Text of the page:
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Emile Cairess and Mahamed Mahamed on course for the Olympics after London Marathon success



If you’ve never previously heard of Emile Cairess, chances are you know of him now. The 26-year-old cruised to third place in the elite men’s race at yesterday’s London Marathon [21 April 2024] in a sublime time of 2:06:46, becoming the second-fastest British marathon runner ever in the process.

This was only his second shot at the marathon distance – and the first time that a British man has placed on the London Marathon podium since Sir Mo Farah’s third-place finish in 2018.

Cairess on course for Paris

A sizeable PB, Cairess’s time at the 2024 London Marathon falls comfortably within the qualifying mark of 2:08:10 for the men’s marathon at the 2024 Paris Olympic Games. Even his previous best of 2:08:07 – scored at the 2023 London Marathon, where he was first Brit and sixth man home on his debut performance – was an Olympic qualifying time, exemplifying his immediate talent over 26.2 miles.

As such, although not yet a sealed deal, the Yorkshireman has essentially cemented his place on Great Britain’s Olympic team for the men’s marathon. In doing so, he’ll join long-standing training partner Phil Sesemann, who was a pacer at this year’s London Marathon and whose rapid result of 2:08:04 at the Seville Marathon in February confirmed his Team GB selection earlier this year.

On Sunday in London, as at other times elsewhere, Cairess needed no elaborate wrist technology to log his pace, distance, heart rate and more. Just a trusty orange Casio and a solid sense of his own body saw him through with impeccable form – a simple approach to a sublime result.

Cairess is continuing his upward trajectory to faster times and greater fame in the running sphere. In addition to his London Marathon successes, for example, he is currently third on the UK all-time rankings for 13.1 miles – thanks to his punchy PB of 60:01 at the 2024 Napoli City Half Marathon – and he holds the British 10-mile record.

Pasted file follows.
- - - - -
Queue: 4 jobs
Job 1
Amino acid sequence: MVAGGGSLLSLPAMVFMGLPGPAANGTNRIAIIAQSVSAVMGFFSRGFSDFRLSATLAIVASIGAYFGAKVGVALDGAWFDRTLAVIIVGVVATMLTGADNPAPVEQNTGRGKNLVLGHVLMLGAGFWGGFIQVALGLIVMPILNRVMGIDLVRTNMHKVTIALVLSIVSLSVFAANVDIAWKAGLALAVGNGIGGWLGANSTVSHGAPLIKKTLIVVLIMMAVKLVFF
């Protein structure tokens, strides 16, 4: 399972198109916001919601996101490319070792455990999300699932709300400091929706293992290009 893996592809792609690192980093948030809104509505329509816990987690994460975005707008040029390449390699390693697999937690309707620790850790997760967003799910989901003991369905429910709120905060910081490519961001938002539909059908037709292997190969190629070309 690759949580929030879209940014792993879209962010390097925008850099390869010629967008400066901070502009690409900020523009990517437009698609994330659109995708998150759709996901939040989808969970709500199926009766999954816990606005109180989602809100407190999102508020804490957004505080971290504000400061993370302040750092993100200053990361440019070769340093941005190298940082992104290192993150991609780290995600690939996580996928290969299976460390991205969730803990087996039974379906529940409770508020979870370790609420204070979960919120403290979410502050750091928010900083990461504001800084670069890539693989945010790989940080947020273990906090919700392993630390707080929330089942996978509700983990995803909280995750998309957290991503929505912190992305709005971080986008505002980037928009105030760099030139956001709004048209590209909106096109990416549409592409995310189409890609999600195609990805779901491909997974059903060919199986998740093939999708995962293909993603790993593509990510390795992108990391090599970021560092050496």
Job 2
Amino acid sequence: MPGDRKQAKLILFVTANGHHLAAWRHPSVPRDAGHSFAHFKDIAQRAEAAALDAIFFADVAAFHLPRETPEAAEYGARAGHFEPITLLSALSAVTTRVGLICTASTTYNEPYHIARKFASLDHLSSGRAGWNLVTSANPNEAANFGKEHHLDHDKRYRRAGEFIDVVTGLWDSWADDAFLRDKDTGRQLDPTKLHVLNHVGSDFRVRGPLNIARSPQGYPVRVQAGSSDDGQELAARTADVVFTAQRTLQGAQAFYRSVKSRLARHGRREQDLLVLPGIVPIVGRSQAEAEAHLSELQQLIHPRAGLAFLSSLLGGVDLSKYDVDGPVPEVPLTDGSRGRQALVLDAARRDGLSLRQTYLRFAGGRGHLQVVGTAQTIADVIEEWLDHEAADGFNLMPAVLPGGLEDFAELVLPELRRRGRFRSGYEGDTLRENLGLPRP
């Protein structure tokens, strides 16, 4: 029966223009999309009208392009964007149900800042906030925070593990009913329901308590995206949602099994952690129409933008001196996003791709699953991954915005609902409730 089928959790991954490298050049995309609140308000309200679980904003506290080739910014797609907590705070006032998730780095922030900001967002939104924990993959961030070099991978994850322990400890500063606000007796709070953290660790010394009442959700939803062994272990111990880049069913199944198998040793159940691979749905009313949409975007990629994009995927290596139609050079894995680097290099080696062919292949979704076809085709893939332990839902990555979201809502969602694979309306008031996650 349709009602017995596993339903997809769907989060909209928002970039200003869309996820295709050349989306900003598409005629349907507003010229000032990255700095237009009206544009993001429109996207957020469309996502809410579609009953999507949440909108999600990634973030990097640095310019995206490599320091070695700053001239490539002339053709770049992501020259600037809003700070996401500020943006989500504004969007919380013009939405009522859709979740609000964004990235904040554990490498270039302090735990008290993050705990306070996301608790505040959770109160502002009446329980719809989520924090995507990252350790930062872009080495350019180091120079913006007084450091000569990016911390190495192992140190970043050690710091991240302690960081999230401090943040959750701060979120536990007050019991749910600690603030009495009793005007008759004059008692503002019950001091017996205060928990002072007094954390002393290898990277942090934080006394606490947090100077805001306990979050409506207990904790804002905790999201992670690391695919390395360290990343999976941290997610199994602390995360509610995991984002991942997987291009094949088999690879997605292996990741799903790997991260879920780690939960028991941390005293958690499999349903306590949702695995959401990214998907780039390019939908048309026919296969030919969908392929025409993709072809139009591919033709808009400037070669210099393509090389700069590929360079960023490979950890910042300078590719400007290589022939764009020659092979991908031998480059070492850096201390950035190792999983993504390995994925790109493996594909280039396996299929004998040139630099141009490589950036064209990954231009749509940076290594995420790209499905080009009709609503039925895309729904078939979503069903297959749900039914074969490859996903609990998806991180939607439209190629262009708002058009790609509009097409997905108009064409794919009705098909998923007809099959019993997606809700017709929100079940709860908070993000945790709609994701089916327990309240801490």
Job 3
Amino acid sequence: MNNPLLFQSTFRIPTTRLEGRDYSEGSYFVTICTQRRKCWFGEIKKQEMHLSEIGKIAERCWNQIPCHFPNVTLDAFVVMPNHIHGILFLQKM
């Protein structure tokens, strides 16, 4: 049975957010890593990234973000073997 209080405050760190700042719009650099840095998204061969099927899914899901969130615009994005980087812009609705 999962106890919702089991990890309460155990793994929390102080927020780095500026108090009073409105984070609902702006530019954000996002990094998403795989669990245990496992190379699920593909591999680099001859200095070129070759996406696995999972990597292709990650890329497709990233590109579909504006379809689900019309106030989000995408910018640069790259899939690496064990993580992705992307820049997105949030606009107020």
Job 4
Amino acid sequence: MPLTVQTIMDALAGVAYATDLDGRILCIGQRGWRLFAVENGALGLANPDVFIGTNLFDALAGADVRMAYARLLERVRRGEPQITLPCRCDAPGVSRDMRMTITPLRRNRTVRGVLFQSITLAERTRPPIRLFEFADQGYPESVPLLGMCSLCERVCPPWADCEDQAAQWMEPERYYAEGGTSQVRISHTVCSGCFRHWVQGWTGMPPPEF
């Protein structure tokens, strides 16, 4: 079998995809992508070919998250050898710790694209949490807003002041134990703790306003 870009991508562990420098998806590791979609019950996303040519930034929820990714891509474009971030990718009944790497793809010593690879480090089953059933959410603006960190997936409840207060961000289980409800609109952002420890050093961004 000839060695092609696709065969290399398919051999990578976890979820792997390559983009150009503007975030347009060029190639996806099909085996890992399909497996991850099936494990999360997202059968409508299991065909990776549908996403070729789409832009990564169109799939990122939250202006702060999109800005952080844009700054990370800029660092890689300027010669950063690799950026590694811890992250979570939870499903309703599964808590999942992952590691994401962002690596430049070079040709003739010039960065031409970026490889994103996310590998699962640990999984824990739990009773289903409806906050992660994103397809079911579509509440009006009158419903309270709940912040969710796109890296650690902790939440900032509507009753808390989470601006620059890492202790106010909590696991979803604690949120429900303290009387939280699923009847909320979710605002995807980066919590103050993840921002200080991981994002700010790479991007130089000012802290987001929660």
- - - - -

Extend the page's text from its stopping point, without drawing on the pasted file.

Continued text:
But he’s anything but content. In fact, we’re still only seeing the early stages of Cairess’s career. While happy to finish third at this year’s London Marathon, Cairess still craves a quicker time and has his sights set on breaking Farah’s British marathon record of 2:05:11 very soon.

‘I wanted to run a quicker time, but the conditions were not right today – it was very windy,’ he said after Sunday’s race. ‘It could be quite gusty in some areas. But I’m really happy to come third, although I feel like I just snuck into third. I wasn’t up there fighting with the guys [Alexander Manyao and Kenenisa Bekele, who placed first and second respectively], but I’m happy and qualifying for the Olympics is great.

‘I had a good pace team, but apart from that there weren’t really any other competitors,’ he continued, reflecting on a marathon that saw him run solo for almost the entire duration. ‘So maybe in Valencia or Seville, something in a big group – maybe I’ll target [Farah’s British marathon record] next time.’

Mahamed makes the mark